How to Play Hazard (The Dice Game)

Here’s something I came across researching the book project I’m working on right now, set in early Georgian London: hazard, a dice game with crazy rules, though it’s the ancestor of the simplified dice game craps, which I’m pretty sure is familiar to anyone reading this.

Kristen Koster has a reasonably good summary of the game here, but I figured I’d try write it up as well, and see if I couldn’t make the rules a little simpler to follow. I figured some notes about cheating would also be appropriate, since that was widespread in dice games historically. Whether you’re researching the game for a writing project, looking for a gambling game to add to your favorite tabletop RPG, or just curious about the history of gaming as a pastime, this post is for you.

Hazard’s one of those dice games you run across mentions of in older literature—all the way back to Chaucer, in fact, and it turns up in Shakespeare too—but unless you look it up, you might not know how to play. Here’s a hint: craps in a very simplified version of it. It’s an English game, though doubtless travelers to England and those in touch with English travelers could easily have picked it up. (I’d imagine it was played on English ships around the world as a pastime, for example.)

Here’s how you play:

First, if it’s your turn, you declare a target number (the “main”). That number must be between 5 and 9. Then you roll.

What happens as a result of that first roll depends, in part, on the target number (or “main”) chosen at the start:

Roll Result

Obviously, if you roll the “Main” you always win.

What if you roll neither the Main, nor 2, 3, 11, or 12? (Say, if the “main” is a 6, and you just rolled a 5?)

In that case, whatever you’ve just rolled becomes the new target number (called “chance”). At that point, things flip-flop: you want to roll anything but the “main”: if you roll that, you lose, and you can only win by rolling the “chance”… You still need to avoid rolling 2-3, and either 11, 12, or both, depending on the “main” you chose. If you roll none of those numbers—neither your “main,” nor your “chance”, nor 2, 3, 11, or 12—then you roll again, and keep doing so until you roll one of those six numbers.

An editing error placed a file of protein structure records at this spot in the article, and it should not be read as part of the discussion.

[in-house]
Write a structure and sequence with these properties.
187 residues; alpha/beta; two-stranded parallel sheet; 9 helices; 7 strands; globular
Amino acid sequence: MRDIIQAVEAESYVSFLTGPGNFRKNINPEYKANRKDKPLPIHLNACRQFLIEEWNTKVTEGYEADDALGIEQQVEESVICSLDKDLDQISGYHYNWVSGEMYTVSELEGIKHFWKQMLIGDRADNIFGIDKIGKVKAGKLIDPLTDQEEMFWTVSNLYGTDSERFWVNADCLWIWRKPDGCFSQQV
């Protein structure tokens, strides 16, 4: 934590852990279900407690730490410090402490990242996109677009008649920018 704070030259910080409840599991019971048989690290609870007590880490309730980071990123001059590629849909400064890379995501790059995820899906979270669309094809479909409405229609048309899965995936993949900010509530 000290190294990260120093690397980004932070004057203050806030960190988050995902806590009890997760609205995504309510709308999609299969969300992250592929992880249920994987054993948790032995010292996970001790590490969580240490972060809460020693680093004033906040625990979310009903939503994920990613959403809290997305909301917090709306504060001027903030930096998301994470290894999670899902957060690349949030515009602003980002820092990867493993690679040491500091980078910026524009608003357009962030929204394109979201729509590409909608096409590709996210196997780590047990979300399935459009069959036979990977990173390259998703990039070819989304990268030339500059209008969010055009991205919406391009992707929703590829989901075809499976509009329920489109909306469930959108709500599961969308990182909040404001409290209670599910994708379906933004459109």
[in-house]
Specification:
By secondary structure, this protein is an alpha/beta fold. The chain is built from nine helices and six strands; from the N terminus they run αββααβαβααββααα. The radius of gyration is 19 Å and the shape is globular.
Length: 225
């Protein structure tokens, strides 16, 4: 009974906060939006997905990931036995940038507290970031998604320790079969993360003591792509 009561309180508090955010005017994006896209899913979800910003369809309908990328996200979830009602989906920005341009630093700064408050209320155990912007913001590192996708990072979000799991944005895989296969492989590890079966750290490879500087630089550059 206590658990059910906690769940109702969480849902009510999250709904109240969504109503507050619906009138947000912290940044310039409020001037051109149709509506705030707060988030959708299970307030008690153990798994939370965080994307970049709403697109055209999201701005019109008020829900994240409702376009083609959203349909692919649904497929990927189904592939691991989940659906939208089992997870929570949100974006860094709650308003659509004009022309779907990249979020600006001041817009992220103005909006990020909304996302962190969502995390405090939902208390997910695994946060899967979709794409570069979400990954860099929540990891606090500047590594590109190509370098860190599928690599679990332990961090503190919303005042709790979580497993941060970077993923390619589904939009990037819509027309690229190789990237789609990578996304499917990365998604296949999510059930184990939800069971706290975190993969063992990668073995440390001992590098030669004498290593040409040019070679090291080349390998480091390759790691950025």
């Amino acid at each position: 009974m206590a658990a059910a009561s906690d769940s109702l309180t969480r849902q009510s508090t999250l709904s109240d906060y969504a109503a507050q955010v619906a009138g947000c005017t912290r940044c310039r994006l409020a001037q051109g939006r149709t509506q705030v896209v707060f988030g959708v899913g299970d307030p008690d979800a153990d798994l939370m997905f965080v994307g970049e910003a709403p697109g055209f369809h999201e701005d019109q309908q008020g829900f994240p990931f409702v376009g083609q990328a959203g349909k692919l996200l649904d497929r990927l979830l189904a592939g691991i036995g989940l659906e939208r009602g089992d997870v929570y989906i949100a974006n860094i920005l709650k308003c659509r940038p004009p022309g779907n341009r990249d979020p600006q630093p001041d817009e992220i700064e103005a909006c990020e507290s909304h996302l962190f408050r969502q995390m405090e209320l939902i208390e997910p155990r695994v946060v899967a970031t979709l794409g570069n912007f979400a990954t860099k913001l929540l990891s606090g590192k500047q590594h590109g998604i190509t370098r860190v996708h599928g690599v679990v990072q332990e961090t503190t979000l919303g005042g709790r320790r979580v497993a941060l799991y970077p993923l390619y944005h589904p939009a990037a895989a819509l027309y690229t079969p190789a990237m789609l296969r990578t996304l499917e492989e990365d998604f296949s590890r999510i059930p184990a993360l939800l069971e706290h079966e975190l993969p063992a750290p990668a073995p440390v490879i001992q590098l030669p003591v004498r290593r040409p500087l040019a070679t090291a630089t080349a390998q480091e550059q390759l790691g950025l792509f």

(This is why people believe the expression “at sixes and sevens” is linked to the game hazard: each number is risky as a “main” because if one doesn’t roll it right off the bat, one is likely to roll it after a “chance” has been rolled. In other words, if you don’t roll a six (or a seven) right away, you’ve got very good odds of rolling it when it’s going to lose you the game.

What’s the likelihood of that happening? Here’s a table that shows the odds pretty clearly (ganked from the Traveler Central website).

Taken from the Traveler Central website. Click image or this link to visit original source.

You have to lose three times in a row for it to become someone else’s turn.

Betting is a little complicated too, of course: basically, there was the caster (the person rolling the dice), the bank, and other players. The original wager was between the caster and the bank: if the caster rolled the main on the first go, he won an amount equivalent to his stake.

Failing that, if he rolled chance instead of main, he’d win back his stake. But of course, once you had a “chance” and a “main” further wagers would be made by the caster (and by onlookers making side bets) about whether the caster would roll chance or main first, or simply throw out by rolling the dreaded 2, 3, 11, or 12 (depending on the main chosen). There’s a table of odds for each main and chance combination available at the Wikipedia page for this game, along with a description of the rules that may even be simpler to follow than this explanation. (So if you’re still confused, have a look there.)